That day I realized that anti-racism tactics had now been weaponized, that it was no longer about making the world a better place or creating justice or fighting for equality, it was now about using labels to silence and control people, to disenfranchise them, to dehumanize them and lock them out of the conversation. Such an effective tool, do you agree with us or are you a racist? Do you tow the party line or are you a racist? Are you going to cooperate or do we tell everyone you’re a racist?

Does your employer know you’re a racist?

The last few days the news, social media, has brought all of that flooding back to the front, as I hear the words, rural, racist, uneducated, over and over again, and the accusations being flung about, why do you hate the poor, the disabled, gays? Why do you facilitate rape? Why do you kill puppies?

You deplorable, despicable woman. “You should be ashamed of yourself,” says a young girl on social media, one I once taught how to use a potty. Think about that my bright, young friend. I was doing politics back when you were just learning how not to wet your pants. There’s a slight possibility I have the eyes to see the world in ways you cannot.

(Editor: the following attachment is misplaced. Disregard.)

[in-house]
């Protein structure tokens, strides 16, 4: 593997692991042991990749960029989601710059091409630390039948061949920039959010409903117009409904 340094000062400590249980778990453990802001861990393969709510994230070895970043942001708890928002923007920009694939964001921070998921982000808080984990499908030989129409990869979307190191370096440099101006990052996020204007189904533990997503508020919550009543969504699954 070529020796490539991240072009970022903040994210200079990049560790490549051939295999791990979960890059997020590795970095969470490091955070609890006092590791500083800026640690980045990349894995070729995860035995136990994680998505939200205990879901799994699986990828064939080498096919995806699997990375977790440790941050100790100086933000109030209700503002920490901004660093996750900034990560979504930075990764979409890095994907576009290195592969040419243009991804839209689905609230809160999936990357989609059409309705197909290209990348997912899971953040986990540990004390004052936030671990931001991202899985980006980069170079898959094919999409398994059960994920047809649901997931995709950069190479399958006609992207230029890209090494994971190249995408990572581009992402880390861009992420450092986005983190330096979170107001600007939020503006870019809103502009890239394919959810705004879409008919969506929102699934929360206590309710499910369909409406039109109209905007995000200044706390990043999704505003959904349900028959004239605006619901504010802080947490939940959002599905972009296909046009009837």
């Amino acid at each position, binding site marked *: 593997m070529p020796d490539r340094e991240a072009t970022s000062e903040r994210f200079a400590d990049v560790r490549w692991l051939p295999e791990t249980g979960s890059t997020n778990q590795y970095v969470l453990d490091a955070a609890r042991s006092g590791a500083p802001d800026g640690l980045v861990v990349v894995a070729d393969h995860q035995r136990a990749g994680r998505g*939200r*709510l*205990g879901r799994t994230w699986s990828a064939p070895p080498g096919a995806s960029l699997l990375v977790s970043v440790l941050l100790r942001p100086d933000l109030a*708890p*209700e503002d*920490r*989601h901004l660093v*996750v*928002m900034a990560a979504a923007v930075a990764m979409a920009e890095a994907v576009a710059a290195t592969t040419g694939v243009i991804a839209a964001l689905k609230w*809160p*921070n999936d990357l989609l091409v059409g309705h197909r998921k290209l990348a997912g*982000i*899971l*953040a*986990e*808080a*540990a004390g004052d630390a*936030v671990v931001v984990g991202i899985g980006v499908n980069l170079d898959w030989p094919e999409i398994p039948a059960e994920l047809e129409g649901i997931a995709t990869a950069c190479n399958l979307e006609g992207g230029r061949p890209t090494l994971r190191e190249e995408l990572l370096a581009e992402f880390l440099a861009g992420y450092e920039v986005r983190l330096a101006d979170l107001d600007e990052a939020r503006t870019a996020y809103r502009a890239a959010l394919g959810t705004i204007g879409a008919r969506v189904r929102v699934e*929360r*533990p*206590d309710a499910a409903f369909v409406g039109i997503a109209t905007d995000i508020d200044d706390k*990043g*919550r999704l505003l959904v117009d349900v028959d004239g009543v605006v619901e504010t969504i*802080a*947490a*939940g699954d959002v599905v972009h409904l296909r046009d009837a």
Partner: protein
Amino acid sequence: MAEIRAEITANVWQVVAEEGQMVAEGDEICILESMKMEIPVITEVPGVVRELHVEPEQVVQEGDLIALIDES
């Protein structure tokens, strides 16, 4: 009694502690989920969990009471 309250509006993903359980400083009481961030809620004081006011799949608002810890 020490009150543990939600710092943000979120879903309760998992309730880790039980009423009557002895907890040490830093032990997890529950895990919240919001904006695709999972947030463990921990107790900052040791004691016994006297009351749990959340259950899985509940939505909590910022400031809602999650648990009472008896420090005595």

And another calls me a white supremacist, a gal who probably never met an actual white supremacist. I have. Many of them. If she had too, she would not be so foolish as to confuse me with one.

So another woman who is so good at shaming, at shutting down the conversation, at silencing people, lectures me about white privilege, accuses me of avoiding the issue. I’m not avoiding anything, I just trash canned the entire notion of white privilege long ago, being a woman who has never had much access to any sort of privilege at all. I also have the eyes to see how bizarre that is, what a declaration of epidermal superiority every time we say it, every time we speak such rubbish into existence.

Can you not see the irony of reminding people over and over again that their skin tone itself denotes an underprivileged status and that there is nothing they can ever do to escape that?